Greece is currently experiencing fiscal drag. They are in a downward spiral, that not even the IMF has any answer to.  Greece wants to stabilise existing and recurrent debt, to percentage of GDP.  GDP contracted last year by 6%.  So where they were this time last year has deteriorated. Existing debt has grown to shrinking GDP. They can’t cut further Government spending and increase taxes. The crash is slowly unfolding. A true horror scenario.

Portugal has 20% unemployment, so increasing taxes will only further erode the tax base. Italy and Spain are not far behind. Right now the USA is content to see 2% growth, but when they seriously start to attack government debt, where will consumption come from? This was my prediction last Sept/Oct in the post 2012 overture – A Crappy New Year, [see link].

Meanwhile back in Australia our government wants to restore their opinion polls by talking about fiscal performance post 2008. Terming it; record on economic management. Meanwhile, the car industry, Reckitt Benckiser and now the banks are announcing retrenchments. Retail is clearly contracting and tourism and education sector are already recessed. Dismiss it all as economic adjustment at your own peril. Is it economic adjustment or a different type of fiscal drag? Over valued currency.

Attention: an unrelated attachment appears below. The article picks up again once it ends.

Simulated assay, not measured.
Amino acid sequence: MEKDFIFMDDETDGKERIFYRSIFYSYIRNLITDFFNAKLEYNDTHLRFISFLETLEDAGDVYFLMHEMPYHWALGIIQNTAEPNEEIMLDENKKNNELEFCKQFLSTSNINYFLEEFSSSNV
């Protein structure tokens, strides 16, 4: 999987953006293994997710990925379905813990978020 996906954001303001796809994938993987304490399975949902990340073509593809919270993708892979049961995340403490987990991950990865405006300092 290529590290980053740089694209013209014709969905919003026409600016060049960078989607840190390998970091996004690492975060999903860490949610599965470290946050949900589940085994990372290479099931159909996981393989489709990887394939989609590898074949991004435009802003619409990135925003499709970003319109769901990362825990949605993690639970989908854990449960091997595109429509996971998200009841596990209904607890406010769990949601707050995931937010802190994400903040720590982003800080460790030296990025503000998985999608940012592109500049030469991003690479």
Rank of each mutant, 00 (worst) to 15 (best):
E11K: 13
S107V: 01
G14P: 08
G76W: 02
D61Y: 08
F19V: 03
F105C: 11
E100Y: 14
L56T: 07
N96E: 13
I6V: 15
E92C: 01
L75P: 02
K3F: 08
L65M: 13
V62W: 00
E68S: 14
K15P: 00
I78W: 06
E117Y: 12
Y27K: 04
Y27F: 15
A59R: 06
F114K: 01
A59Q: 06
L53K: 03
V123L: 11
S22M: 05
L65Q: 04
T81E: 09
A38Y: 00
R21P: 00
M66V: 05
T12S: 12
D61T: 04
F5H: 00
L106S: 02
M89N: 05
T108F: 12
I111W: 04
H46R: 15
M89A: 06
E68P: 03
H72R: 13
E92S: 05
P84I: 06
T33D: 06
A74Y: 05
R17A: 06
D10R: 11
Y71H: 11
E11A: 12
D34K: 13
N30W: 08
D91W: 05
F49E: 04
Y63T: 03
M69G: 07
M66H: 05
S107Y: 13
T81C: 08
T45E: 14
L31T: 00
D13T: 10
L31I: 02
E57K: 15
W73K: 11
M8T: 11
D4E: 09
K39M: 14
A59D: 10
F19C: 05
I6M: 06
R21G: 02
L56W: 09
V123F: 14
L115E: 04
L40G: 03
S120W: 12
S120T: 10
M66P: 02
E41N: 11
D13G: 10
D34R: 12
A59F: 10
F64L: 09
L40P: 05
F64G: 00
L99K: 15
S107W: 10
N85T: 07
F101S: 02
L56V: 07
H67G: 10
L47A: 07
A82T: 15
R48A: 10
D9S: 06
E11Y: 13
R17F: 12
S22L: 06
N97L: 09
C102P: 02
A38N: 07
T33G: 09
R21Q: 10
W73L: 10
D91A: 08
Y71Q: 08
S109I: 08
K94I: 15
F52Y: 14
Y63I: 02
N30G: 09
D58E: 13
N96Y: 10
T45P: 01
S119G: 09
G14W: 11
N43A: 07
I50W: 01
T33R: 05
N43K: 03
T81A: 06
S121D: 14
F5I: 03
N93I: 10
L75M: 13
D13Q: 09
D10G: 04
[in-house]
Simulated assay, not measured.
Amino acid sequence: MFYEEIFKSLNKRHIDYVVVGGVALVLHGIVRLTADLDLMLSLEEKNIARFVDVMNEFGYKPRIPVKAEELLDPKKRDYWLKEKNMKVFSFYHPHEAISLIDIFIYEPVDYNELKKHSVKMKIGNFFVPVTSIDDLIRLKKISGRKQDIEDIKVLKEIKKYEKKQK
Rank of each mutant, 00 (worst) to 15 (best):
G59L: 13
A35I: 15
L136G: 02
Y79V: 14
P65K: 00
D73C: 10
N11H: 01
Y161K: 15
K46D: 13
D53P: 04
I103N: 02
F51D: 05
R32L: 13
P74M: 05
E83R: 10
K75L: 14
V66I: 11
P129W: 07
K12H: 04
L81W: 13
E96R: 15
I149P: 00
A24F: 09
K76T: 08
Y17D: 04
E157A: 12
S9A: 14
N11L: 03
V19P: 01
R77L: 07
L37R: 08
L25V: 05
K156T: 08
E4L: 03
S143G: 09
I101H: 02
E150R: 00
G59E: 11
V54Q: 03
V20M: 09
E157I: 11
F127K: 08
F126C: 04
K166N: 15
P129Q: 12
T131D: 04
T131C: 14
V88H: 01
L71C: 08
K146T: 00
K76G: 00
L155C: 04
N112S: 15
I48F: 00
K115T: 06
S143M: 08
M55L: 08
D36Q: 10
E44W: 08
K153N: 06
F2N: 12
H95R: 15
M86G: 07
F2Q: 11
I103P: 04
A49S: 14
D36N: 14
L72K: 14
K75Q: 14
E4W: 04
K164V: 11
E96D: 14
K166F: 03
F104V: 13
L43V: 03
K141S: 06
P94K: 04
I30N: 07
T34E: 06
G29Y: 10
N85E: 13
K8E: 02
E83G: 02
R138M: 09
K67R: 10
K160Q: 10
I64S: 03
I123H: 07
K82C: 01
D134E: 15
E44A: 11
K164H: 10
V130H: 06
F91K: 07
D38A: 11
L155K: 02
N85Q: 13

In the last fortnight I have started to equivocate on the US presidential elections. Barak Obama has not earned the right to a second term. Slowly but surely  grass roots democratic supporters are coming out saying the will not vote for him. In 1981 Ronald Reagan quickly expunged the USA of the Jimmy Carter legacy by using much more words and concepts rather than $ and government outlays. Ronald Reagan was lampooned at that time as just a B grade actor. Today he is credited with bringing down the iron curtain and ending the cold war. I have yet to see the Whig’s (Republicans) bring forward a new Ronald Reagan, but the United states is engaged in the selection process, and engagement is a great start.